The YouStink campaign offers some hope by way of putting public pressure on the government to change its usual approach. But the campaign must learn from the mistakes of previous protest movements in the country, most recently the struggle of the Unions Coordination Committee (UCC) to end a 10-year-old freeze on pay rises amid a cost of living crisis, if it wants to avoid failure and losing public support.

The UCC protest movement expanded its goals so broadly that it eventually lost focus on its main objective.Worryingly, some in YouStink are going on tangents about changing the entire system and replacing the entire political class. While few in Lebanon disagree with these demands, the struggle to resolve the garbage crisis in a sustainable way must remain focused on the issue at hand.

The protesters must sustain pressure on politicians collectively and refuse any solution they propose other than the recipe environmentalists have put forward: No dumping, no landfills and no incinerators. The objective must be kept specific, technical and apolitical, at least until a nationwide recycling-based waste management system is up and running, where the citizens – not the state – take the lead.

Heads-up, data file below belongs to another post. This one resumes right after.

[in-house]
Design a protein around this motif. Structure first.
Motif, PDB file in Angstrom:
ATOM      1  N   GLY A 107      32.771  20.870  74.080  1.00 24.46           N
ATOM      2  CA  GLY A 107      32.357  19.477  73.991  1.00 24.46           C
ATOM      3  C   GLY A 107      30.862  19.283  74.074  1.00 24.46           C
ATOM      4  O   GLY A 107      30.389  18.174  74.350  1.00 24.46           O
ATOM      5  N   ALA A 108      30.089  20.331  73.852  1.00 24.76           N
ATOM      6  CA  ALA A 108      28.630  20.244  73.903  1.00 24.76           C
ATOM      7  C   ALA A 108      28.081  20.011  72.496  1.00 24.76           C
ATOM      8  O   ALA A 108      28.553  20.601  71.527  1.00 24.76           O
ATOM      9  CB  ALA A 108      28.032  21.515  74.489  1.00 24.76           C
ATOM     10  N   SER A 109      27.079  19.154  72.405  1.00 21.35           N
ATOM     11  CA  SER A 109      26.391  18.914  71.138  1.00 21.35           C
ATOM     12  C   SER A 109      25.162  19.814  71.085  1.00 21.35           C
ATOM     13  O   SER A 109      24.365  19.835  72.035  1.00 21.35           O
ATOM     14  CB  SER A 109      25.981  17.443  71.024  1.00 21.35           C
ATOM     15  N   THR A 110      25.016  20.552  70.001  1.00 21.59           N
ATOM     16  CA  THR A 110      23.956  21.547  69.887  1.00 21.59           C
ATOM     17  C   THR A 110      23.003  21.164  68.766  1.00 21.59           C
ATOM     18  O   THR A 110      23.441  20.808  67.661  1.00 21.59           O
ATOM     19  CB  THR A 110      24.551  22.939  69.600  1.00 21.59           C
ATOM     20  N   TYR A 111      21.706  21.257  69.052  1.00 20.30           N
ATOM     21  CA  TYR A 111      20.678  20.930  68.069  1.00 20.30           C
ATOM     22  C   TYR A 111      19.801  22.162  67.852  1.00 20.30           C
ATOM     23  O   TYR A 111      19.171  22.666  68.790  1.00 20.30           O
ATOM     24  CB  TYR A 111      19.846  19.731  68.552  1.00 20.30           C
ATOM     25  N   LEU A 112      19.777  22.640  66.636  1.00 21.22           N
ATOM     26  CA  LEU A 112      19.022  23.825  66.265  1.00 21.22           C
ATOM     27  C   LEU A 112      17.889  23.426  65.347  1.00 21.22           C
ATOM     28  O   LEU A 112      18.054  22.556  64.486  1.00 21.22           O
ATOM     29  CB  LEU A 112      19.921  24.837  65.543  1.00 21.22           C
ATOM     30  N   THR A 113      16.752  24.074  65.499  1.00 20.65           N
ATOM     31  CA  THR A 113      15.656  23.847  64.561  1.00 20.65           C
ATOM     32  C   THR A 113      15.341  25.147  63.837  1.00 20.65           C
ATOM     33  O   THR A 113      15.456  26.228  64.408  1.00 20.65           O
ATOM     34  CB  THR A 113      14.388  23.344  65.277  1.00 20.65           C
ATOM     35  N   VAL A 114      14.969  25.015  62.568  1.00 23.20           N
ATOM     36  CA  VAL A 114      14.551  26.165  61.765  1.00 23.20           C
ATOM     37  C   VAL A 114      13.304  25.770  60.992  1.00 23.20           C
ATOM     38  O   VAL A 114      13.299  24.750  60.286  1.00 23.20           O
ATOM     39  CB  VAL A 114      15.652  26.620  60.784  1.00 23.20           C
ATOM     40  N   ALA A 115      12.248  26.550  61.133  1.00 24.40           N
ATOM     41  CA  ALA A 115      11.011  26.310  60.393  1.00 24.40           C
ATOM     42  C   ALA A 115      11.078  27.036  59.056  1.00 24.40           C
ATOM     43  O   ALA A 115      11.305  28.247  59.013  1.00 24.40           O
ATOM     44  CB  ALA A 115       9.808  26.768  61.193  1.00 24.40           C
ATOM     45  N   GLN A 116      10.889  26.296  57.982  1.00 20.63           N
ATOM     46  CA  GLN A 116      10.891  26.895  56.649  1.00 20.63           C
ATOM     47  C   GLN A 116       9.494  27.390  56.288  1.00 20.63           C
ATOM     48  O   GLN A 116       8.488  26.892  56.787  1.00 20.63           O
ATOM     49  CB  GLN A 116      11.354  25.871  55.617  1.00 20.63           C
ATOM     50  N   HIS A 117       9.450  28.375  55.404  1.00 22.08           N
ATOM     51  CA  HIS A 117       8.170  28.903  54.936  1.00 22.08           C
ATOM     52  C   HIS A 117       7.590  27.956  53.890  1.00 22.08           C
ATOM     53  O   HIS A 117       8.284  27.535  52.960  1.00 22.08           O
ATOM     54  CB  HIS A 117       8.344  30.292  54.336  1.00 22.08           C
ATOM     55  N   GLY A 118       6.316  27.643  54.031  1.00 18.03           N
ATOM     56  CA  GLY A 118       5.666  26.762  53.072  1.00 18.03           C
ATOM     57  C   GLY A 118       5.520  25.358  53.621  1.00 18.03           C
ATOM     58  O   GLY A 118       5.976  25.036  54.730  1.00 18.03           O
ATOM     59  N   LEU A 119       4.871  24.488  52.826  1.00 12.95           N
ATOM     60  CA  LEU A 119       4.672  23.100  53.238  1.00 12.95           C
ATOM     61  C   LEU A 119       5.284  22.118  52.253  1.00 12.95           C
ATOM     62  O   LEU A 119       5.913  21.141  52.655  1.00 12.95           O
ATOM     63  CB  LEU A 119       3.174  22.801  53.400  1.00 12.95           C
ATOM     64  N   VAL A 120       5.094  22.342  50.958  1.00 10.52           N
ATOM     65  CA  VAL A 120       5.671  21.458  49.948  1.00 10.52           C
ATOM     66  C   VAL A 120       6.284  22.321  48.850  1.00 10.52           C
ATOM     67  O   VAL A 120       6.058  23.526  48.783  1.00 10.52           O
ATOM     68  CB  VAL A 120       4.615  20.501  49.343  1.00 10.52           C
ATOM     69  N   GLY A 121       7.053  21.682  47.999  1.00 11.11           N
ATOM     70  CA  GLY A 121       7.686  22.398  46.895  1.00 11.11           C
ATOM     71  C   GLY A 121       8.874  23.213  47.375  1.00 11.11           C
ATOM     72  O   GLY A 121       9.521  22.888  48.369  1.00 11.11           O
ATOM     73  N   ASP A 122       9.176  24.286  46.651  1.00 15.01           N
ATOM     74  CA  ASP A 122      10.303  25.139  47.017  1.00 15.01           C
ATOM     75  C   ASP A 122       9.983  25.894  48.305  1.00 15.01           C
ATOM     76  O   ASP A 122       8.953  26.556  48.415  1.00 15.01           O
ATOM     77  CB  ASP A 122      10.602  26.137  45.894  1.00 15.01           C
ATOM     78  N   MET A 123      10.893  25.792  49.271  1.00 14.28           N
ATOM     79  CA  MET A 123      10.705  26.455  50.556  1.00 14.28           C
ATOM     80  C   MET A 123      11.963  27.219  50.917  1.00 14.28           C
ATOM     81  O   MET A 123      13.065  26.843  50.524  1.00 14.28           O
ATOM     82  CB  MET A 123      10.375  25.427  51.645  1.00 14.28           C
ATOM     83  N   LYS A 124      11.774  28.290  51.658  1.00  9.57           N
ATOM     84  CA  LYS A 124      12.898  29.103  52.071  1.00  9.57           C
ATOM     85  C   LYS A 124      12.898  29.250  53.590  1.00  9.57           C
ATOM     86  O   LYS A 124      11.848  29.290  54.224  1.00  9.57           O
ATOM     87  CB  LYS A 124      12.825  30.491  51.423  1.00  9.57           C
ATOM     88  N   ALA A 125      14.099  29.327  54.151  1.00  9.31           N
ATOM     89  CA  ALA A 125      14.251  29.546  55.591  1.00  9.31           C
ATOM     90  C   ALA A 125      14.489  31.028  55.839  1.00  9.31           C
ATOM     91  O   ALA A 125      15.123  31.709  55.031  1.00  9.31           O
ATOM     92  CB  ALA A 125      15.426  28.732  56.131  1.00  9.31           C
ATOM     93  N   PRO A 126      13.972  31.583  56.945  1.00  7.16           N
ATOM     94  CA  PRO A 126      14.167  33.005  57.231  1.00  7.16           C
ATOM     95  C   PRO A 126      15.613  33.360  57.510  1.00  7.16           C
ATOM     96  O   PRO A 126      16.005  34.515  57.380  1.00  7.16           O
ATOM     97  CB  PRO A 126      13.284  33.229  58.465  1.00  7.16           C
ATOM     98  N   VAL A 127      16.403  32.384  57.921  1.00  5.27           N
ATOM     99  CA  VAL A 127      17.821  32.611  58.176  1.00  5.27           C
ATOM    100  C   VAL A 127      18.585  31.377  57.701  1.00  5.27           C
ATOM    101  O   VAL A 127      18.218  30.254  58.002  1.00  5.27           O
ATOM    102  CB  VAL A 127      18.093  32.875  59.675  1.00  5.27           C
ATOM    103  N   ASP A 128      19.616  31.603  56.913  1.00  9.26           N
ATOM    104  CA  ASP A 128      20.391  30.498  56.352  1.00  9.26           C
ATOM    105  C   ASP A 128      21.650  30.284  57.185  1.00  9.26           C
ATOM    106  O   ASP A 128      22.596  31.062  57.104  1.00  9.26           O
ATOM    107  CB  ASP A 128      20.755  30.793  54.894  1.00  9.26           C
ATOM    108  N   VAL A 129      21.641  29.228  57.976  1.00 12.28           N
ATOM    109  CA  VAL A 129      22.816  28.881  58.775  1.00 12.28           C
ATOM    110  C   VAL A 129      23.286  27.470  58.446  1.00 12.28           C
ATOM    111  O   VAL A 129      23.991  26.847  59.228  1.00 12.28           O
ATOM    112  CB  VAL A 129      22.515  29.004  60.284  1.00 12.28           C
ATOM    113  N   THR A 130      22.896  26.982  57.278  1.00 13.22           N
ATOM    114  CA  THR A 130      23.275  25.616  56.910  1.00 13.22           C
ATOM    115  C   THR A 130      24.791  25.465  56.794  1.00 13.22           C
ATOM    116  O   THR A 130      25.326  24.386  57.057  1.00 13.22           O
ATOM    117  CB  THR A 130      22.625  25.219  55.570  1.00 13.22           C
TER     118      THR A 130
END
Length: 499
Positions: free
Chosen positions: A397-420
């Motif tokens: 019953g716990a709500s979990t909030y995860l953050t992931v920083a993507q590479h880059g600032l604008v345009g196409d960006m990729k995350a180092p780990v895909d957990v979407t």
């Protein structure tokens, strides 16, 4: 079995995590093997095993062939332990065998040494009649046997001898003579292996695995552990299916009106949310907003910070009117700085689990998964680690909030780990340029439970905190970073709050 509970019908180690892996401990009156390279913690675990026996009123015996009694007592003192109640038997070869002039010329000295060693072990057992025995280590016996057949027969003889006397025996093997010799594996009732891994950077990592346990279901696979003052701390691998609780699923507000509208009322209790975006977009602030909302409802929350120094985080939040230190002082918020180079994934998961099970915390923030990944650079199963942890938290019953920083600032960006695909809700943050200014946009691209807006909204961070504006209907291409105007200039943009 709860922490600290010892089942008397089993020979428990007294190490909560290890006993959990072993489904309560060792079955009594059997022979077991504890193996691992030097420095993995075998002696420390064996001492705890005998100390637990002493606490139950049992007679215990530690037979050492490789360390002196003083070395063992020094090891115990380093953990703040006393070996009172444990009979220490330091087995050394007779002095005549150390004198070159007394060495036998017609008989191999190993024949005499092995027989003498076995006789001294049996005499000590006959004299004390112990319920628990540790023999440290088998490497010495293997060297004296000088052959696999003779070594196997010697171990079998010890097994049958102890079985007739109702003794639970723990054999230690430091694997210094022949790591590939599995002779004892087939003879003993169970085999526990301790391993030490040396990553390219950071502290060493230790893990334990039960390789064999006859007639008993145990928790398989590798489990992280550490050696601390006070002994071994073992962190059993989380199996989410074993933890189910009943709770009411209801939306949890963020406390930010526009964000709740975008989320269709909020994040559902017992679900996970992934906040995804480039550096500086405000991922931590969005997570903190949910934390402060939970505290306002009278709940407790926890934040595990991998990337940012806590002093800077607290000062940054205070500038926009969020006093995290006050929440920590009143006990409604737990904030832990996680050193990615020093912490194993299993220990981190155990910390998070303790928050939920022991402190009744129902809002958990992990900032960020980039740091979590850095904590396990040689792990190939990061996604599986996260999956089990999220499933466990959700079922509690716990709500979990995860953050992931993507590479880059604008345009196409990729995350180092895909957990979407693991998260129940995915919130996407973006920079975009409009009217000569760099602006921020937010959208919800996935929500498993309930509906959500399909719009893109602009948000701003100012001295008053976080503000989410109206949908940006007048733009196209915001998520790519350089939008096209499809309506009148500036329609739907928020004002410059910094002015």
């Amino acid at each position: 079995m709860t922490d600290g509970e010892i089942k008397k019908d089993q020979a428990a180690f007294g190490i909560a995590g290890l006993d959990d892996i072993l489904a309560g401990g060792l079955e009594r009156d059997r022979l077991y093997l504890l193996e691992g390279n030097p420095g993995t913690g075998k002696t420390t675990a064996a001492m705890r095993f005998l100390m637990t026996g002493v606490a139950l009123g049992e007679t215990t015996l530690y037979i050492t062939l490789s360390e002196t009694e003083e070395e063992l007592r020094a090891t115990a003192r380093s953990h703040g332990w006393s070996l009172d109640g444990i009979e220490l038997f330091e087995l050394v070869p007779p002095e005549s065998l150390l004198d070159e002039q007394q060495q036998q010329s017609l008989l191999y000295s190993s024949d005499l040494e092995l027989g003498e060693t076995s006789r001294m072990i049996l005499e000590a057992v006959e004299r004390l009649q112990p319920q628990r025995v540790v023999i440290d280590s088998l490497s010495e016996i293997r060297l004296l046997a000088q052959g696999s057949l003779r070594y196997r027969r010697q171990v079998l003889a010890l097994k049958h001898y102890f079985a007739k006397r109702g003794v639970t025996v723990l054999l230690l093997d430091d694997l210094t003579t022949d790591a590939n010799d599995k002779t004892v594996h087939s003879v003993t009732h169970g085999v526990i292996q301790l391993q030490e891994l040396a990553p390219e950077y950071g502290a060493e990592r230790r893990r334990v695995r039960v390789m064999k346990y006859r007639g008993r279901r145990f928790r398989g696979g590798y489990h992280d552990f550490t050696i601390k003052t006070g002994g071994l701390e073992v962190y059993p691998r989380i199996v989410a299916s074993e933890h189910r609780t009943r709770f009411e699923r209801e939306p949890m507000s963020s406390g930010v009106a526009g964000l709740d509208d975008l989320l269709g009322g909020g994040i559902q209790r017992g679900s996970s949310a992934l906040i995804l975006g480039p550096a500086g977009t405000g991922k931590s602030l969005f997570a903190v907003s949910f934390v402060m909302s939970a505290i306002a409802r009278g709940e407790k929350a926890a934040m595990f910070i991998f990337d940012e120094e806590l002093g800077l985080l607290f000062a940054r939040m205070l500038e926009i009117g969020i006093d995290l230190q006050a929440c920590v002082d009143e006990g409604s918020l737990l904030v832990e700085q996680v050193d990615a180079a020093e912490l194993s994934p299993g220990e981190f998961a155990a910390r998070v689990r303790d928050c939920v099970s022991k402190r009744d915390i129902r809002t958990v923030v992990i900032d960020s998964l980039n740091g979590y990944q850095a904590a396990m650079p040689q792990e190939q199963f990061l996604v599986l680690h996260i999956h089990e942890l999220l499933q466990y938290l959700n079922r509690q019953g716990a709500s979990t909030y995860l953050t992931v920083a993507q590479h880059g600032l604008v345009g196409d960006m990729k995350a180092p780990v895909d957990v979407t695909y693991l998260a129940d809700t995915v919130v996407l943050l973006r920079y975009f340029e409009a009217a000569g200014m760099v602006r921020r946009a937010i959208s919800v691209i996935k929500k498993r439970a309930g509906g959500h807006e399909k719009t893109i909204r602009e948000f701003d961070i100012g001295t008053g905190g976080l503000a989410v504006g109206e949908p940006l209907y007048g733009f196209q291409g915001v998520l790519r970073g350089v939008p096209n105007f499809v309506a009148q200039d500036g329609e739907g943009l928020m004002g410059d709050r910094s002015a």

Otherwise, the outcome will be more chaos and no solution to the country’s garbage woes.As the saying in Lebanon goes, we want to eat grapes, not kill the vineyard guard.Opinions expressed in this article remain those of the author and do not necessarily represent those of al-Araby al-Jadeed, its editorial board or staff. – See more at: http://www.alaraby.co.uk/english/comment/2015/8/24/youstink-recycling-cornerstone-of-solution-to-lebanon-garbage-woes#sthash.cizxlOhx.dpuf